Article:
well as highlighted potential barriers to collecting racial and ethnic data — barriers such as perceived legal, business, and confidentiality concerns
In Minnesota, statutory language was developed to require insurers to provide claims data —
and eventually race and ethnicity data — to the MDH for the purpose of
public health research and surveillance. Public concerns about data
confidentiality curtailed this initiative, even though sophisticated methods for
ensuring confidentiality were in place. The MDH continues to garner support
from health care providers, MCOs, and other stakeholders and to articulate
the purpose, need, and confidentiality safeguards for a statewide medical
claims database. Such large-scale efforts, either voluntary or statutory, are
underway in many states and can considerably enhance state and local
diabetes surveillance among minority populations.
Current state diabetes surveillance systems among minority populations must
be improved if we are to make progress toward eliminating racial and ethnic
disparities or to know if we are even making progress. Expanding current
surveillance surveys, although less expensive than starting new surveys,
will require substantial financial resources and long-term commitment. For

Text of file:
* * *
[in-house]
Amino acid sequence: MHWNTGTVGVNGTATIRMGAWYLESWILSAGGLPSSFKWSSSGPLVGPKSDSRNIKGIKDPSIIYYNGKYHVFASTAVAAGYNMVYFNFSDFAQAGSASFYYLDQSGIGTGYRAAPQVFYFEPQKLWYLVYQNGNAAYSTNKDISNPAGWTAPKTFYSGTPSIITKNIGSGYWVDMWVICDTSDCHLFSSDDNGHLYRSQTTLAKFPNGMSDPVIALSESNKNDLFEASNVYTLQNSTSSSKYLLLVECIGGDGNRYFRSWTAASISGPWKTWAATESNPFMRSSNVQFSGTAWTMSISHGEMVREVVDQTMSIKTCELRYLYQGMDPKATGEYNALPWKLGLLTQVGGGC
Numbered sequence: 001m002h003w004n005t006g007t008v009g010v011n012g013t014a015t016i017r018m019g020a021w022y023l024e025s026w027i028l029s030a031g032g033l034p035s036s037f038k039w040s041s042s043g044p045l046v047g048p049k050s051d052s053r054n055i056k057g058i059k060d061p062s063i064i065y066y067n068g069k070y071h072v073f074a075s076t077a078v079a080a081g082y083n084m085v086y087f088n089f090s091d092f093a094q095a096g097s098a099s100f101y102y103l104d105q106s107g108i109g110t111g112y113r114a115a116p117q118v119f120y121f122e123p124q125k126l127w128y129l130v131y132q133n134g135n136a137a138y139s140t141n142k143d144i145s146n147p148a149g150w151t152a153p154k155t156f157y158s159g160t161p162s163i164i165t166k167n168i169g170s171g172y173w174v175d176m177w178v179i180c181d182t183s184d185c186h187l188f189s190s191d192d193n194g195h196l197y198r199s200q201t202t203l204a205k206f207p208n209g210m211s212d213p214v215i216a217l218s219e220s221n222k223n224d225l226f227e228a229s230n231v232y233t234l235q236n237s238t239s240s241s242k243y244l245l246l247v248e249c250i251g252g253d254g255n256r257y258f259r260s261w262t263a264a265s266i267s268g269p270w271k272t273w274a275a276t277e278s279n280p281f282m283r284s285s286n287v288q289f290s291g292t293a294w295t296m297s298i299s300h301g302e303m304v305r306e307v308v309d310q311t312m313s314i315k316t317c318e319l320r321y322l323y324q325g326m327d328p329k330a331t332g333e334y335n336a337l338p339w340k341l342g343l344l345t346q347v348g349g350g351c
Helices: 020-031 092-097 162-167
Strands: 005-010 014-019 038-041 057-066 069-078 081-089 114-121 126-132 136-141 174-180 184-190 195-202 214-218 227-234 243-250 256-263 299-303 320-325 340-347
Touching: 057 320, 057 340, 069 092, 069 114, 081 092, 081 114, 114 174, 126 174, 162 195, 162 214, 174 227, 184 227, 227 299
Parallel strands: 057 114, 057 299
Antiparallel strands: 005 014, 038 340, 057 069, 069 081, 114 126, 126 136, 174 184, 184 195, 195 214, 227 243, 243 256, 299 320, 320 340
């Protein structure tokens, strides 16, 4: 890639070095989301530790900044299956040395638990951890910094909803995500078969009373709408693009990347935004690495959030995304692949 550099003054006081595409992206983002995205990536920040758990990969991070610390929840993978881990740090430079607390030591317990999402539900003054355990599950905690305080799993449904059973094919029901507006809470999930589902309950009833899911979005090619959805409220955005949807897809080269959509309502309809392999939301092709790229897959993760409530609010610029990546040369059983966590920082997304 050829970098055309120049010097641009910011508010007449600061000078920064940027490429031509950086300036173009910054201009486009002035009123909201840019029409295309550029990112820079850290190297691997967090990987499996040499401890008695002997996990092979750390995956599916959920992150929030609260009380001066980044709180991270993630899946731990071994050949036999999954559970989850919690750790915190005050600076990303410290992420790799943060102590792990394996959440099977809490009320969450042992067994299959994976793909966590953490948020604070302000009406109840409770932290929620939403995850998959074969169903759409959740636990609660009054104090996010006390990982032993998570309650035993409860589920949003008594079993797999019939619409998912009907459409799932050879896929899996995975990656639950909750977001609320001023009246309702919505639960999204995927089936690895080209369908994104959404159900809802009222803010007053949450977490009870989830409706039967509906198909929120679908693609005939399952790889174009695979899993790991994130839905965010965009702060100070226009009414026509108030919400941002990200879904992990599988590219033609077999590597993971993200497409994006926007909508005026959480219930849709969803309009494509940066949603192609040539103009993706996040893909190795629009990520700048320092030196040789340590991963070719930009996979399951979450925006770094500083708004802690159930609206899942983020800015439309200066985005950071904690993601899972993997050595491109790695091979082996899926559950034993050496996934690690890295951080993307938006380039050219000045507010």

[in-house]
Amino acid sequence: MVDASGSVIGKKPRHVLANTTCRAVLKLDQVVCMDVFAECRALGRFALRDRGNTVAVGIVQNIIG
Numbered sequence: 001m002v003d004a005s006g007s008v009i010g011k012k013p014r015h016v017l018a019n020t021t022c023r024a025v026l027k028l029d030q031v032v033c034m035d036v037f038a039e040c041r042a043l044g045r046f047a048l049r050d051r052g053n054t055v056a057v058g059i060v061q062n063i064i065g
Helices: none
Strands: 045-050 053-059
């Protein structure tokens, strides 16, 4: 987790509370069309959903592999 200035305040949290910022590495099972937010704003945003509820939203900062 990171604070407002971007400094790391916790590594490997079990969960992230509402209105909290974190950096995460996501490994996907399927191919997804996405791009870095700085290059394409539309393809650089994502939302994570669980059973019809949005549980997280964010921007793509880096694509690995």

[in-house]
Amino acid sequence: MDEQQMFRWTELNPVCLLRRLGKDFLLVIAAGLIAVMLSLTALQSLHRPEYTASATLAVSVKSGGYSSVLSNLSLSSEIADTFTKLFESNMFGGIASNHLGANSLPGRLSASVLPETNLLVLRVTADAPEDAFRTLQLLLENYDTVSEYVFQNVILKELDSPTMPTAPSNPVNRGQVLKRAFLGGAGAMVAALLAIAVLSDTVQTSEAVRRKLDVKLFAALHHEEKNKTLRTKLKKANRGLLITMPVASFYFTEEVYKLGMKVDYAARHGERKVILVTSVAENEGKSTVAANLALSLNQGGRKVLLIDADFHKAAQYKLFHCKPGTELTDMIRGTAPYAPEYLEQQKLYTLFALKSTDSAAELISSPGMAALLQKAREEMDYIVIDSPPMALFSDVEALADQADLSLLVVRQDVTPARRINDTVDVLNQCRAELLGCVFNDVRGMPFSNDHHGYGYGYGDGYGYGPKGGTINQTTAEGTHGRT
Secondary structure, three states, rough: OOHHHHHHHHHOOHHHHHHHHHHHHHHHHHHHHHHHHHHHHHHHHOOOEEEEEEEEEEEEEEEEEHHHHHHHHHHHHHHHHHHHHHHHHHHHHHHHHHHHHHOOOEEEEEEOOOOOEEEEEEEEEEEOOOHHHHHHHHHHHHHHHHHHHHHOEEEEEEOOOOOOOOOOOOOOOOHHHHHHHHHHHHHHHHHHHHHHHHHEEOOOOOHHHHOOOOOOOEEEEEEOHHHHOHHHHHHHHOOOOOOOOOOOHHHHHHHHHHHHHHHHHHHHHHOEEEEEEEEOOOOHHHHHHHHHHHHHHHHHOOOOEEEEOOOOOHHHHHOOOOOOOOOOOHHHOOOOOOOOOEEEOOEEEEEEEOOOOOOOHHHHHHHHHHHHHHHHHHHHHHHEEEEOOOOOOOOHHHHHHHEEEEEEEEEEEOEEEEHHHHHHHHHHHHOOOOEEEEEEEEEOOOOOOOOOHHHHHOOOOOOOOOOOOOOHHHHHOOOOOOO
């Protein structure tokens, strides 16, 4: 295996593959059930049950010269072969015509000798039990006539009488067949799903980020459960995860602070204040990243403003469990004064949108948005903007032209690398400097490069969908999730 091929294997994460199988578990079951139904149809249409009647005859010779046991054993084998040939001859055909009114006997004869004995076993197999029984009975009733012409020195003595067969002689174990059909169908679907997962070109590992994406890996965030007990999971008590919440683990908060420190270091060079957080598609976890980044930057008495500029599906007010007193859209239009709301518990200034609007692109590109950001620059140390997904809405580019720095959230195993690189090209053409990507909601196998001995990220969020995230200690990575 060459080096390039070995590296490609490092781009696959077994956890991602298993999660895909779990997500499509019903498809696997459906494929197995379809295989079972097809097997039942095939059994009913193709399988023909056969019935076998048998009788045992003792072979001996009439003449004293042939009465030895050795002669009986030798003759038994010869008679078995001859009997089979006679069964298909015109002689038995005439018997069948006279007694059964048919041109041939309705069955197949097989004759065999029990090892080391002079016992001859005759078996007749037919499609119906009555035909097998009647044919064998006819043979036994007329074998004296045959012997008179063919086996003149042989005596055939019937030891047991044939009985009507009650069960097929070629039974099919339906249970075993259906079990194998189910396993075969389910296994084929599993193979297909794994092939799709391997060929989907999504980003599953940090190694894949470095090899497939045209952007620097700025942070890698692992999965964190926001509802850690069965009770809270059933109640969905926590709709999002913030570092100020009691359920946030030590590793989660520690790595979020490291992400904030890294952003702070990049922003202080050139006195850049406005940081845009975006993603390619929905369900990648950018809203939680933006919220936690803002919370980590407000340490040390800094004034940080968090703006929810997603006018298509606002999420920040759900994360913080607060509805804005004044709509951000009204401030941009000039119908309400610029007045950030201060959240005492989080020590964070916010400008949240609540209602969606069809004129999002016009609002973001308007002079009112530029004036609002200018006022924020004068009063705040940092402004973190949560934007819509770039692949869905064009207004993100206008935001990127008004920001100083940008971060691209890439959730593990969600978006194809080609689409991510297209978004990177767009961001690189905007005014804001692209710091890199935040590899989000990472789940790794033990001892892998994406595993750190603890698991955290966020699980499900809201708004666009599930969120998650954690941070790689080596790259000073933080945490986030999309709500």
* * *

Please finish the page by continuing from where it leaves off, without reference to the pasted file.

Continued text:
some populations (recent immigrants, for example) new surveillance methods may be
required. The use of alternative surveillance data sources, such as health
care administrative data, will have financial ramifications and raise
confidentiality concerns. Ultimately, a concerted and committed effort by public health
and health care organizations to begin systematically collecting and
reporting data on race and ethnicity is needed and will benefit all.
I would like to thank David Stroud for his insights and comments in
developing this article.
Corresponding author: Jay Desai, Minnesota Diabetes Program, Minnesota
Department of Health, PO Box 64882, Saint Paul, MN 55101. Telephone:
651-281-9844. E-mail: email@example.com.
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Desai J, Geiss L, Mukhtar Q, Harwell T, Benjamin S, Bell R, et al.
Public health surveillance
of diabetes in the United States. J Public Health Manag Prac 2003 Nov;Suppl:S44-51.
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surveillance among minority populations: a report of the Centers for Disease
Control and Prevention's expert panel meeting. Prev Chronic Dis
[serial online] 2004 Apr. Available from: URL: http://www.cdc.gov/pcd/issues/2004/apr/03_0018.htm.
- Land G. Measuring 2010 national objectives and leading indicators at the
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- Smedley BD, Stith AY, Nelson AR, editors. Unequal treatment: confronting racial and ethnic
disparities in healthcare. Washington (DC): National Academies Press; 2003.
Nerenz DR, Bonham VL, Green-Weir R, Joseph C, Gunter M.
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Bierman AS, Lurie N, Collins KS, Eisenberg JM.
Addressing racial and
ethnic barriers to effective health care: the need for better data. Health
Aff 2002 May-Jun;21 (3):91-102.